Park City History Museum Has Plenty To Offer Visitors In Person And On Line
The Park City Museum has re-opened to visitors with COVID-19 distancing protocols in place. With the closure in mid-March, the staff and volunteers have been working on many projects including making the facility safe to welcome back the public.
Park City Museum Executive Director Sandra Morrison says they are open Friday’s through Sundays, 11 to 5. Admissions will be timed with an effort to keep groups together with visitors following one-way directional guidelines. As summer traffic increases, she says they plan to add additional days to the schedule.
“You know, most of our visitors come in off the street so you can call and make a reservation, but pretty much everybody so far has just walked in and we've been able to accommodate them here.”
Shutting the Park City Museum to visitors has financially impacted the non-profit. Museum store and ticket sales represent about 20% of their revenues.
“And the Board of Trustees of course is very conservative and so we did have some cash reserves that we've been working from. In the last three months I've applied for different 16 different grant applications.”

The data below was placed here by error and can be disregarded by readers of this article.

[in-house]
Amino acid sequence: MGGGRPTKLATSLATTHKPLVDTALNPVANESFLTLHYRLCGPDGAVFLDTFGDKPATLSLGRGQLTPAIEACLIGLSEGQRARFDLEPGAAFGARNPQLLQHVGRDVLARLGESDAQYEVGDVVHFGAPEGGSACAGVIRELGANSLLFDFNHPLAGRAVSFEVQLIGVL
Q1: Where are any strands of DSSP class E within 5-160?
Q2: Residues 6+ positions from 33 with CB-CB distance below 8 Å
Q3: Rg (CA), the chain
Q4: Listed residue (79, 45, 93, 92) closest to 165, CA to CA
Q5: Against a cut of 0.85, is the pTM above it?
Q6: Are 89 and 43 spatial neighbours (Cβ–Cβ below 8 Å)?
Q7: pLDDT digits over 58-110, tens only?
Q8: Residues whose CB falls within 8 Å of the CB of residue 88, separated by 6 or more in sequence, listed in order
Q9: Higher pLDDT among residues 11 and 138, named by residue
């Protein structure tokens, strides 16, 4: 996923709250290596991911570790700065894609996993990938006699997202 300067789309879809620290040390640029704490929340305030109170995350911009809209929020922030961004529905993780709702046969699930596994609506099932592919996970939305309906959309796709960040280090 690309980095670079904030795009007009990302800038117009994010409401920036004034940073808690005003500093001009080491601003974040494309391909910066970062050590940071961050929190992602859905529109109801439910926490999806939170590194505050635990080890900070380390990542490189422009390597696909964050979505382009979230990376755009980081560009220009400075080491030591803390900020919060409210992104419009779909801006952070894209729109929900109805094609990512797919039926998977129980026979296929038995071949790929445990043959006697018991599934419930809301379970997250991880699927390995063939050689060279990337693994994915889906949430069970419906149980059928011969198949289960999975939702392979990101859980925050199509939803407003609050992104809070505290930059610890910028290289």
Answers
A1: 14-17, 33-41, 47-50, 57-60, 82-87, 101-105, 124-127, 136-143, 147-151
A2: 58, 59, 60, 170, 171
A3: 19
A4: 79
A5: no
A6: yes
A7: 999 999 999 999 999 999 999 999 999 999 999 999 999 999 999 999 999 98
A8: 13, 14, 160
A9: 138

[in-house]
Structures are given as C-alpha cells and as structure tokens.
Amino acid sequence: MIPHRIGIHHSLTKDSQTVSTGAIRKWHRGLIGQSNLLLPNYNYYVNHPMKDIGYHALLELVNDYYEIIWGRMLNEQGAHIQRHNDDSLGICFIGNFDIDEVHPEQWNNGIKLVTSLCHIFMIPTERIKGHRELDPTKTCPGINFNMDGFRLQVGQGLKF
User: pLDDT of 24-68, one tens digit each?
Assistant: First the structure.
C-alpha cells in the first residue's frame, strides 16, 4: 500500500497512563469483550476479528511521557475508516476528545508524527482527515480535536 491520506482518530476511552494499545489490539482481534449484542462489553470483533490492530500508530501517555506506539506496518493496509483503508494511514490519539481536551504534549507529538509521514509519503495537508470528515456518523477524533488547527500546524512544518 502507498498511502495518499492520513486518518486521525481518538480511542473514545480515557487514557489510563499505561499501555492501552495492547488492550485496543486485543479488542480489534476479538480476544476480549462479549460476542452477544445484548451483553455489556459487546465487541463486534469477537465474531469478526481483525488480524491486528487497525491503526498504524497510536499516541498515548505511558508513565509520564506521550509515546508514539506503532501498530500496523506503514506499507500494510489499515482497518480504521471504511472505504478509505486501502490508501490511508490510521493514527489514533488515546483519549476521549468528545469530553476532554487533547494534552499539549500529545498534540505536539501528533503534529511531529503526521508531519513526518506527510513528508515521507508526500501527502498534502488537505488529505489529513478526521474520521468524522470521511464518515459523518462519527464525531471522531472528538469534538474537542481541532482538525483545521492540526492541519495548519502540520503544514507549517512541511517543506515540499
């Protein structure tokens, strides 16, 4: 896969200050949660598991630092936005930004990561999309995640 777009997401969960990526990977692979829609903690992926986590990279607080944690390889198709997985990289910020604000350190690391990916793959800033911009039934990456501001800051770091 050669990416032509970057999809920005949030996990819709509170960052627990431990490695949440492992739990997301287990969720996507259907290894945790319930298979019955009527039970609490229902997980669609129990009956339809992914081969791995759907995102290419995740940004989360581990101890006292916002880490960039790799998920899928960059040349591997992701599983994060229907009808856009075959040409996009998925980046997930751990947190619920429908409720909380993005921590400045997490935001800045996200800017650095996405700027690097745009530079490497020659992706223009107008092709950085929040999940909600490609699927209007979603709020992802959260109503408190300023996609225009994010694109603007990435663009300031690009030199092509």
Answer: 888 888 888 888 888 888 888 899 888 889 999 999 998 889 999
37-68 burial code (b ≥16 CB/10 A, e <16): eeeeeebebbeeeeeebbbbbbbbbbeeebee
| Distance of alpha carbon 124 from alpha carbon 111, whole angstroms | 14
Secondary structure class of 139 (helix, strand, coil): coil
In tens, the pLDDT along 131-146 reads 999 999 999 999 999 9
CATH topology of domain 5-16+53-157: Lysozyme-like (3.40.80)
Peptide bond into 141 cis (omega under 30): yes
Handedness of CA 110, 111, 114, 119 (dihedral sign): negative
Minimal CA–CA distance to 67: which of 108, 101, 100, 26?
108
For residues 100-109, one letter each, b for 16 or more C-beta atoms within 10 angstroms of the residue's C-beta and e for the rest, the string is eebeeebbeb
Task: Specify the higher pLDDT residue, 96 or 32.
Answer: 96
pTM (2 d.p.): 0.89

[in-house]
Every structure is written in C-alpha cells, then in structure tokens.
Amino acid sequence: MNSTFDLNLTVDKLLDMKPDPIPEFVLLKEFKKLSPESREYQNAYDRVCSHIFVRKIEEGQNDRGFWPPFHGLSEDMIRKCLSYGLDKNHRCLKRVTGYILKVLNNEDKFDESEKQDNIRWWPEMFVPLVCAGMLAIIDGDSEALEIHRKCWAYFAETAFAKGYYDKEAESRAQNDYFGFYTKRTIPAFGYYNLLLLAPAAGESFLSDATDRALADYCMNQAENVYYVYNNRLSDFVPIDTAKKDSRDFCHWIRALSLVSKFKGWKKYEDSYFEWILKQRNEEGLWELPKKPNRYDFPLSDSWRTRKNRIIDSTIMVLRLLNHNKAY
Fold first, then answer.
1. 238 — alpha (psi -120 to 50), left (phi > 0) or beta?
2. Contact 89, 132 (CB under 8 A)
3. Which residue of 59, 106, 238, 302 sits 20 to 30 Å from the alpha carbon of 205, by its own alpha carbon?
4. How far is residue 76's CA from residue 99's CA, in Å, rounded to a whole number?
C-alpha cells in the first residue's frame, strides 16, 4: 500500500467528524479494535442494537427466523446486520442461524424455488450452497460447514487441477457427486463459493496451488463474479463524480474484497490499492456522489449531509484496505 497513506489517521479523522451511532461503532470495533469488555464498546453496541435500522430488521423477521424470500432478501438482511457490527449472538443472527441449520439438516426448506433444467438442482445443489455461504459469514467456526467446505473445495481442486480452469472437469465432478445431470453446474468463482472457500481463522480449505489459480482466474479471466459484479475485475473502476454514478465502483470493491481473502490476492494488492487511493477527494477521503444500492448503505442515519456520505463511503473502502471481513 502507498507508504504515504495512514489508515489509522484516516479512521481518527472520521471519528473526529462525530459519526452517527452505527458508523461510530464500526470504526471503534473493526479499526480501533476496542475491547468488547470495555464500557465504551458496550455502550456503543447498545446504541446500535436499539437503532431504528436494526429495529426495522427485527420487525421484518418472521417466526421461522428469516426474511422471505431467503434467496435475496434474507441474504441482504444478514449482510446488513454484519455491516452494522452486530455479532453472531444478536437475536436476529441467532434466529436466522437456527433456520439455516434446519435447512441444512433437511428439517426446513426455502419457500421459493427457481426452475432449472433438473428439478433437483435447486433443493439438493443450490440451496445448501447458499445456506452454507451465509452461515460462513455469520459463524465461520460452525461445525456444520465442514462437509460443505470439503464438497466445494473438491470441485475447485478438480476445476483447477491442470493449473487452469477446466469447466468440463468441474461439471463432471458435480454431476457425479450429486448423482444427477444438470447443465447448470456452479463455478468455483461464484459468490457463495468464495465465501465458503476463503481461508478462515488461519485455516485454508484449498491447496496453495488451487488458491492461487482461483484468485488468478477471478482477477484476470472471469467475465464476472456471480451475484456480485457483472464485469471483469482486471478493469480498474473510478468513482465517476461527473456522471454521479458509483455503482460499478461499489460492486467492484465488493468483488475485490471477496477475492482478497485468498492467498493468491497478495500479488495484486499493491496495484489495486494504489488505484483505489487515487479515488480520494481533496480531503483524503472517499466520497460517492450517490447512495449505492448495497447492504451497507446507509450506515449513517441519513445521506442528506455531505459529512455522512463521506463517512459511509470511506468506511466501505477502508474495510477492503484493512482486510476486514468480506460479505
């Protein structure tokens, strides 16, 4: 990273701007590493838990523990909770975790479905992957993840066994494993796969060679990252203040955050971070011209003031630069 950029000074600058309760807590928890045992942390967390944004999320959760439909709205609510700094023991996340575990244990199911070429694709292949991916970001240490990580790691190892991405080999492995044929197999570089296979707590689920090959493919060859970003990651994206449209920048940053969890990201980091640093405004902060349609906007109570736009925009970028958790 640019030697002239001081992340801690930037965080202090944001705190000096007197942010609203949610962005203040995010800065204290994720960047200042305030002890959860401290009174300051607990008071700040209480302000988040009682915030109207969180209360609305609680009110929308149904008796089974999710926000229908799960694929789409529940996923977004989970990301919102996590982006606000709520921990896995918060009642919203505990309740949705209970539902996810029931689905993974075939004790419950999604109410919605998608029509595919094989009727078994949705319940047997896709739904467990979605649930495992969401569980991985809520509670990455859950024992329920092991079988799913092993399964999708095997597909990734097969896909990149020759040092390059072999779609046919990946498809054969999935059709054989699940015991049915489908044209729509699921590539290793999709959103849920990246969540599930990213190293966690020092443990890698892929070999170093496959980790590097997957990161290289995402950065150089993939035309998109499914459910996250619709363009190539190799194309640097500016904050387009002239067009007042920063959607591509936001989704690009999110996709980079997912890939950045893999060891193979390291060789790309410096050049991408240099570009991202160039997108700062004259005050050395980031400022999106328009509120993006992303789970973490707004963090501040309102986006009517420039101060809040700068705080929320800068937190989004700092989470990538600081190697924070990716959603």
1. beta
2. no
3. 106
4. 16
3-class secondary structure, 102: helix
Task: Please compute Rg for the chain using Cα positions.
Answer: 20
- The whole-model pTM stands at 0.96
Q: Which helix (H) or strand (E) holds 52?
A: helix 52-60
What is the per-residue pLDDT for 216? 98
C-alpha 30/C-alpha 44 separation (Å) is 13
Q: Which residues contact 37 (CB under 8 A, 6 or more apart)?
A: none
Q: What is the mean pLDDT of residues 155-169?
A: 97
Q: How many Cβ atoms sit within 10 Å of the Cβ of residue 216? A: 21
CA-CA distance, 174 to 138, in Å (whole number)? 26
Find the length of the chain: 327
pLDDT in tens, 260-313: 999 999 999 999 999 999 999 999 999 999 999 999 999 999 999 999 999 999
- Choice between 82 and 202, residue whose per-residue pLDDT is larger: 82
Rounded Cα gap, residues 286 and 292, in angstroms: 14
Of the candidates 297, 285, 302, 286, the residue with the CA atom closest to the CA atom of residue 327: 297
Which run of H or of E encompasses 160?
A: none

Through the months of COVID-19 shutdown, they’ve continued to process donations of artifacts.
“Being a museum and a collecting institution, you know, that doesn’t ever stop. We’ve spent our time moving forward and continuing to process the donations of antiques and archives. then also spent the time doing really deep cleaning of the museum and the store and doing a lot of the maintenance that we always need to do after a busy winter.”
Photographer Kendall Webb moved to Park City in the 40’s and opened a photo shop on Main Street which closed in the 70’s. Morrison says they offer historical lectures on-line and access to thousands of his images through the Mountain West Digital Library.
Three different lectures available on our website that people can watch from the comfort of their homes, or our images from the Kendall Webb collection online. They’re hosted at the Mountain West Digital Library website.
In addition to the COVID-19 preparedness, Morrison says they’ve cleaned up the Glenwood Cemetery, painted the fence and will continue work on stabilizing the historic headstones.
“Last fall, we worked on the largest. Sixty headstones were stabilized out of about 600 in the Cemetery. A Texas cemetery restoration company is coming back at the beginning of July and will stay another month thanks to Rob Sletten and Identity Properties who put them up in a condominium across the street and so they will continue on the stabilization effort.”
High risk patrons may enjoy the museum from 10am to 11am by appointment. Call 435-649-7457 ext 136